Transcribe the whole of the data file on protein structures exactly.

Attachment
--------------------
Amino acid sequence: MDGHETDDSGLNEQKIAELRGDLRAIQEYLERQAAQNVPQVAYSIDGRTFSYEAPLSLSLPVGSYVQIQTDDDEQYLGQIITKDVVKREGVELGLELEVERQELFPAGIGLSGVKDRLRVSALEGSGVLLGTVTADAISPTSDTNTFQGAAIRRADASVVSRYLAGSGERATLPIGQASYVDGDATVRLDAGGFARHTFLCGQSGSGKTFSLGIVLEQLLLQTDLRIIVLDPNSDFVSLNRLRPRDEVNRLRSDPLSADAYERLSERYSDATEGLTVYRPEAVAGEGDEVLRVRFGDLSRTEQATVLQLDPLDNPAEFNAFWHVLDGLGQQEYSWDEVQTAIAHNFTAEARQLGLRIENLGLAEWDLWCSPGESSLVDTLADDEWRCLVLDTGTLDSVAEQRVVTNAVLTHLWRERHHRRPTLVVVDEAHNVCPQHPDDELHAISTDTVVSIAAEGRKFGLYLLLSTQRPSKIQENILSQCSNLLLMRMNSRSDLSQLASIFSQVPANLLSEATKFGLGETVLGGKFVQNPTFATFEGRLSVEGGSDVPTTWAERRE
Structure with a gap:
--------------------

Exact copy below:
Amino acid sequence: MDGHETDDSGLNEQKIAELRGDLRAIQEYLERQAAQNVPQVAYSIDGRTFSYEAPLSLSLPVGSYVQIQTDDDEQYLGQIITKDVVKREGVELGLELEVERQELFPAGIGLSGVKDRLRVSALEGSGVLLGTVTADAISPTSDTNTFQGAAIRRADASVVSRYLAGSGERATLPIGQASYVDGDATVRLDAGGFARHTFLCGQSGSGKTFSLGIVLEQLLLQTDLRIIVLDPNSDFVSLNRLRPRDEVNRLRSDPLSADAYERLSERYSDATEGLTVYRPEAVAGEGDEVLRVRFGDLSRTEQATVLQLDPLDNPAEFNAFWHVLDGLGQQEYSWDEVQTAIAHNFTAEARQLGLRIENLGLAEWDLWCSPGESSLVDTLADDEWRCLVLDTGTLDSVAEQRVVTNAVLTHLWRERHHRRPTLVVVDEAHNVCPQHPDDELHAISTDTVVSIAAEGRKFGLYLLLSTQRPSKIQENILSQCSNLLLMRMNSRSDLSQLASIFSQVPANLLSEATKFGLGETVLGGKFVQNPTFATFEGRLSVEGGSDVPTTWAERRE
Structure with a gap: